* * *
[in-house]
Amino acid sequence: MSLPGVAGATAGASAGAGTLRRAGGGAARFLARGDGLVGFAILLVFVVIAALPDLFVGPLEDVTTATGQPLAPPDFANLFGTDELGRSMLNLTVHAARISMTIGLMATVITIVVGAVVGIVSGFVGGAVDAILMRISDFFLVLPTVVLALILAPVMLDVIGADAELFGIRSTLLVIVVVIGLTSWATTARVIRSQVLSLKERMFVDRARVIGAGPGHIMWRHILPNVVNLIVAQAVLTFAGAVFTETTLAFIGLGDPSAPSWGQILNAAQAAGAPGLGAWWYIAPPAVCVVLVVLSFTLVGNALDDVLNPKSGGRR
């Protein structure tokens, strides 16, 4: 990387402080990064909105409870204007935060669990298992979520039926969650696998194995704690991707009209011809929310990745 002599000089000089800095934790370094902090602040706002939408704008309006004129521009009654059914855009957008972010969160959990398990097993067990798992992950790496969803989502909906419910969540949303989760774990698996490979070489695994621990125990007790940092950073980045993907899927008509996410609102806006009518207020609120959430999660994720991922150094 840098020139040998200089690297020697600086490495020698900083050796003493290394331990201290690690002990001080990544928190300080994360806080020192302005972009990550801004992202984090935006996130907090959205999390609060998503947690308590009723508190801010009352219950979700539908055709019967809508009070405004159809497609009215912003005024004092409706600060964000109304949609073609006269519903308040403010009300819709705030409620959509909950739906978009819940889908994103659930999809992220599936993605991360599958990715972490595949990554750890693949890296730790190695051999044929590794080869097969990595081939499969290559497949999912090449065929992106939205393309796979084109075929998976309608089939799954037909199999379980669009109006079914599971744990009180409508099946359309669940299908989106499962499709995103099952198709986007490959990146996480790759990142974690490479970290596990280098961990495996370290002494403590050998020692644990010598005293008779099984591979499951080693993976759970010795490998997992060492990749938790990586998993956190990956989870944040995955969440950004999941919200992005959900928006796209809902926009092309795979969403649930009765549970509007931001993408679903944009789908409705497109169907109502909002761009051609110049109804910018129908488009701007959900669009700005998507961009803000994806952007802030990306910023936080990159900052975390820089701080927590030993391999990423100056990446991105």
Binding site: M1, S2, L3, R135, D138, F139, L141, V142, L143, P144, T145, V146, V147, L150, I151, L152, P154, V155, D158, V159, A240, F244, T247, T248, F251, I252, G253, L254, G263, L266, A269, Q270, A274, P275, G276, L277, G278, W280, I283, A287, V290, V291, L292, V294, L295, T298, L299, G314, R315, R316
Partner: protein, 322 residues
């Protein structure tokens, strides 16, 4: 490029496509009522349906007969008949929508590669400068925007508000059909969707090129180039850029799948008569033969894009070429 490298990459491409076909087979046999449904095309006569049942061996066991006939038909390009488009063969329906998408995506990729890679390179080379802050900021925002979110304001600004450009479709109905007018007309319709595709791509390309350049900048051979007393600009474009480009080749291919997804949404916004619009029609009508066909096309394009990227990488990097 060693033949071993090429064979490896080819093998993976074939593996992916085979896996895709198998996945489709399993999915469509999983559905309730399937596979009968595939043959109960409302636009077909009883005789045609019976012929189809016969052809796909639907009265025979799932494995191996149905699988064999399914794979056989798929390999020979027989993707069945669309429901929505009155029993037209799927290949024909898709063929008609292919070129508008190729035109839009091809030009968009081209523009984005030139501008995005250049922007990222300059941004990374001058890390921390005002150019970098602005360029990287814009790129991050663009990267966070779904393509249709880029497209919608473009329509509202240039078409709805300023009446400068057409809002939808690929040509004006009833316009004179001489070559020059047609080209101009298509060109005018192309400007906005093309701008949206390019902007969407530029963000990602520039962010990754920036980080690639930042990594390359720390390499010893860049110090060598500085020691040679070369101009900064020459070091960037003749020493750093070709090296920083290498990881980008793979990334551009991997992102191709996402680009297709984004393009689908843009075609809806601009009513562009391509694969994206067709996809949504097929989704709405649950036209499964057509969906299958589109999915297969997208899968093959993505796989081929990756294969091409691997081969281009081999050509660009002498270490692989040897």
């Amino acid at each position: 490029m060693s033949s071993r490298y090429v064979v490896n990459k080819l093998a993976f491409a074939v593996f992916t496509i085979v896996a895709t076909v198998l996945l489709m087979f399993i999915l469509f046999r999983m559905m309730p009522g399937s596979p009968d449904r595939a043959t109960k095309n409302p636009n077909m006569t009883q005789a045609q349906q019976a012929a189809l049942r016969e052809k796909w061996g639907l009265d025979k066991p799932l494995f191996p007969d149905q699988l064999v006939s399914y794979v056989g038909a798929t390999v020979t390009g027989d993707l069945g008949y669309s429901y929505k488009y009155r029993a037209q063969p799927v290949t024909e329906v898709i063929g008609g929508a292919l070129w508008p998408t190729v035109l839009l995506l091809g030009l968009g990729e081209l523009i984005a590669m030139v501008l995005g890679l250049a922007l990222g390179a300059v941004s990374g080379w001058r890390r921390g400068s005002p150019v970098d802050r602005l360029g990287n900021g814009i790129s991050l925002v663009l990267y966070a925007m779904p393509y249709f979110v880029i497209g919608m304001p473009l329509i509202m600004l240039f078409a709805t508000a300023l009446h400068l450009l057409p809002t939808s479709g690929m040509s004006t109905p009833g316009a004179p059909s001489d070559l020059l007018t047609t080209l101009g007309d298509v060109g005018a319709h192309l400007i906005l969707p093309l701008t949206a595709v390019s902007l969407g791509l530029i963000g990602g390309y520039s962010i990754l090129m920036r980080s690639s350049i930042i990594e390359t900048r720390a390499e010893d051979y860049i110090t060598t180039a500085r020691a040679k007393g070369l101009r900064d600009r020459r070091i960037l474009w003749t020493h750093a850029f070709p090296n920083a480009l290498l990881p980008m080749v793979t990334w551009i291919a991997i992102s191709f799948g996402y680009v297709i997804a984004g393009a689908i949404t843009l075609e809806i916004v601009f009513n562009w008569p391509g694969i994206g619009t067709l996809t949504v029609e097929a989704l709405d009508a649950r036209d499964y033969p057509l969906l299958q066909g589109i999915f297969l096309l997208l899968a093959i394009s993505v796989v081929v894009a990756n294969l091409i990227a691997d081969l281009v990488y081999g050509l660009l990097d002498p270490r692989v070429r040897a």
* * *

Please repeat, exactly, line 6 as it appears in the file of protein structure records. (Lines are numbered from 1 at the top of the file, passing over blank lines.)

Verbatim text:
């Protein structure tokens, strides 16, 4: 490029496509009522349906007969008949929508590669400068925007508000059909969707090129180039850029799948008569033969894009070429 490298990459491409076909087979046999449904095309006569049942061996066991006939038909390009488009063969329906998408995506990729890679390179080379802050900021925002979110304001600004450009479709109905007018007309319709595709791509390309350049900048051979007393600009474009480009080749291919997804949404916004619009029609009508066909096309394009990227990488990097 060693033949071993090429064979490896080819093998993976074939593996992916085979896996895709198998996945489709399993999915469509999983559905309730399937596979009968595939043959109960409302636009077909009883005789045609019976012929189809016969052809796909639907009265025979799932494995191996149905699988064999399914794979056989798929390999020979027989993707069945669309429901929505009155029993037209799927290949024909898709063929008609292919070129508008190729035109839009091809030009968009081209523009984005030139501008995005250049922007990222300059941004990374001058890390921390005002150019970098602005360029990287814009790129991050663009990267966070779904393509249709880029497209919608473009329509509202240039078409709805300023009446400068057409809002939808690929040509004006009833316009004179001489070559020059047609080209101009298509060109005018192309400007906005093309701008949206390019902007969407530029963000990602520039962010990754920036980080690639930042990594390359720390390499010893860049110090060598500085020691040679070369101009900064020459070091960037003749020493750093070709090296920083290498990881980008793979990334551009991997992102191709996402680009297709984004393009689908843009075609809806601009009513562009391509694969994206067709996809949504097929989704709405649950036209499964057509969906299958589109999915297969997208899968093959993505796989081929990756294969091409691997081969281009081999050509660009002498270490692989040897």